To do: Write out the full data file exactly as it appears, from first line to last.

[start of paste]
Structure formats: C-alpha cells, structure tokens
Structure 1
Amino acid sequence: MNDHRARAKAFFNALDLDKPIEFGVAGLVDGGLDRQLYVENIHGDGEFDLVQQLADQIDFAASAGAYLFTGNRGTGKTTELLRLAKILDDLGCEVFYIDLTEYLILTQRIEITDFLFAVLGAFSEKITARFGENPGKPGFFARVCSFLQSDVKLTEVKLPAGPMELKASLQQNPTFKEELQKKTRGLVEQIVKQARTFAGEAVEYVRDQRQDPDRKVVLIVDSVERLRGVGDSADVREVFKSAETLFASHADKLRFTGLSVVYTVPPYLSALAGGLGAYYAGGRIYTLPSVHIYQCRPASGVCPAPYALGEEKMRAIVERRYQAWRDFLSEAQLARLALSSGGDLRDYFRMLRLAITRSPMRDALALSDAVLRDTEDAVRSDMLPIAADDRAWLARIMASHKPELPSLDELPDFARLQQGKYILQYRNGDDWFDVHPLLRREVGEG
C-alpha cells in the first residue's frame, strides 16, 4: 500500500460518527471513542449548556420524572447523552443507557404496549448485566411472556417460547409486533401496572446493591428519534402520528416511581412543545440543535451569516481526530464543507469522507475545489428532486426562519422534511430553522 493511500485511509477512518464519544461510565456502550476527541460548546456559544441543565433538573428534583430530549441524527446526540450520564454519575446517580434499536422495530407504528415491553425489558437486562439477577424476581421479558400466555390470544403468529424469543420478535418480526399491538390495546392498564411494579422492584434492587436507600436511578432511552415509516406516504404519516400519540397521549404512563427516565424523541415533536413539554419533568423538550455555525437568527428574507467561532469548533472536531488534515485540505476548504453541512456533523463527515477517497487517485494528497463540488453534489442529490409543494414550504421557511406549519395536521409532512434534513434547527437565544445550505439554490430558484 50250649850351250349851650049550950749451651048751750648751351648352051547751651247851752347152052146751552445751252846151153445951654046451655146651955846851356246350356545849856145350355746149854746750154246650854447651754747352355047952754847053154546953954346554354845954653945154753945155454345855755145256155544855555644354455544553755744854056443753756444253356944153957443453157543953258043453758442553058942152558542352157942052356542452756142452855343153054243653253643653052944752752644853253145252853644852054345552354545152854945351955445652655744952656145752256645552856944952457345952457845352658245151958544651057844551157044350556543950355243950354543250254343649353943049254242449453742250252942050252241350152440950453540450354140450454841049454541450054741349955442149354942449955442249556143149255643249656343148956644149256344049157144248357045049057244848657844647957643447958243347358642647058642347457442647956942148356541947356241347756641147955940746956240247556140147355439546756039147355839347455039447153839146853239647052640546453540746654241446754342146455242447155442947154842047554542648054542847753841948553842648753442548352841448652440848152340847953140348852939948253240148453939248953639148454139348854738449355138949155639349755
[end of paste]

Structure formats: C-alpha cells, structure tokens
Structure 1
Amino acid sequence: MNDHRARAKAFFNALDLDKPIEFGVAGLVDGGLDRQLYVENIHGDGEFDLVQQLADQIDFAASAGAYLFTGNRGTGKTTELLRLAKILDDLGCEVFYIDLTEYLILTQRIEITDFLFAVLGAFSEKITARFGENPGKPGFFARVCSFLQSDVKLTEVKLPAGPMELKASLQQNPTFKEELQKKTRGLVEQIVKQARTFAGEAVEYVRDQRQDPDRKVVLIVDSVERLRGVGDSADVREVFKSAETLFASHADKLRFTGLSVVYTVPPYLSALAGGLGAYYAGGRIYTLPSVHIYQCRPASGVCPAPYALGEEKMRAIVERRYQAWRDFLSEAQLARLALSSGGDLRDYFRMLRLAITRSPMRDALALSDAVLRDTEDAVRSDMLPIAADDRAWLARIMASHKPELPSLDELPDFARLQQGKYILQYRNGDDWFDVHPLLRREVGEG
C-alpha cells in the first residue's frame, strides 16, 4: 500500500460518527471513542449548556420524572447523552443507557404496549448485566411472556417460547409486533401496572446493591428519534402520528416511581412543545440543535451569516481526530464543507469522507475545489428532486426562519422534511430553522 493511500485511509477512518464519544461510565456502550476527541460548546456559544441543565433538573428534583430530549441524527446526540450520564454519575446517580434499536422495530407504528415491553425489558437486562439477577424476581421479558400466555390470544403468529424469543420478535418480526399491538390495546392498564411494579422492584434492587436507600436511578432511552415509516406516504404519516400519540397521549404512563427516565424523541415533536413539554419533568423538550455555525437568527428574507467561532469548533472536531488534515485540505476548504453541512456533523463527515477517497487517485494528497463540488453534489442529490409543494414550504421557511406549519395536521409532512434534513434547527437565544445550505439554490430558484 50250649850351250349851650049550950749451651048751750648751351648352051547751651247851752347152052146751552445751252846151153445951654046451655146651955846851356246350356545849856145350355746149854746750154246650854447651754747352355047952754847053154546953954346554354845954653945154753945155454345855755145256155544855555644354455544553755744854056443753756444253356944153957443453157543953258043453758442553058942152558542352157942052356542452756142452855343153054243653253643653052944752752644853253145252853644852054345552354545152854945351955445652655744952656145752256645552856944952457345952457845352658245151958544651057844551157044350556543950355243950354543250254343649353943049254242449453742250252942050252241350152440950453540450354140450454841049454541450054741349955442149354942449955442249556143149255643249656343148956644149256344049157144248357045049057244848657844647957643447958243347358642647058642347457442647956942148356541947356241347756641147955940746956240247556140147355439546756039147355839347455039447153839146853239647052640546453540746654241446754342146455242447155442947154842047554542648054542847753841948553842648753442548352841448652440848152340847953140348852939948253240148453939248953639148454139348854738449355138949155639349755